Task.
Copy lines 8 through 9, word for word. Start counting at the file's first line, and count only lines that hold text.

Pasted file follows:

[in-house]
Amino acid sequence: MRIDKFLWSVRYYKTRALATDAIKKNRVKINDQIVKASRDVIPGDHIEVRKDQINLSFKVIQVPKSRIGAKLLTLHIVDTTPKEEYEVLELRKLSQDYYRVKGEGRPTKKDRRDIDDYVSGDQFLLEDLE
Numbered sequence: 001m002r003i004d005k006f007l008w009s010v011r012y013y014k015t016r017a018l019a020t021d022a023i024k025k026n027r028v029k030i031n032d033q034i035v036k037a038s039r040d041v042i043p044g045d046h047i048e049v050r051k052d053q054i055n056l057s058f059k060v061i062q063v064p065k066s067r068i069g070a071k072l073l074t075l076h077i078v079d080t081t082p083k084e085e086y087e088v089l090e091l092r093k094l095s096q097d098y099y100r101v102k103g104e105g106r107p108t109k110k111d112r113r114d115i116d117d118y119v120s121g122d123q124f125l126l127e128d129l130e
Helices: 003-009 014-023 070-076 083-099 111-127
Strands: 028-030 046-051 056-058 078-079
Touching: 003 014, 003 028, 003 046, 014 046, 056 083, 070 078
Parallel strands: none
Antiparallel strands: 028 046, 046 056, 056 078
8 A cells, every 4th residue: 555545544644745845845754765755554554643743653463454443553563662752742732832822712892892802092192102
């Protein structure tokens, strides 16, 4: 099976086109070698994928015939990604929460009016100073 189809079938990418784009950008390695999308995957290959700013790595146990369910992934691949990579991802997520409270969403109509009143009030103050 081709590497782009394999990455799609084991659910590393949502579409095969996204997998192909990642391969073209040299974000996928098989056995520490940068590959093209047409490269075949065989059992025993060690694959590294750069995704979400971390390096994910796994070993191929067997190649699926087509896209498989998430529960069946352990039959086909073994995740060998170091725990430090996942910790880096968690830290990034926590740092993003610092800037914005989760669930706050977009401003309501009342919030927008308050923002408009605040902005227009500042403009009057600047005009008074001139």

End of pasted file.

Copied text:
Antiparallel strands: 028 046, 046 056, 056 078
8 A cells, every 4th residue: 555545544644745845845754765755554554643743653463454443553563662752742732832822712892892802092192102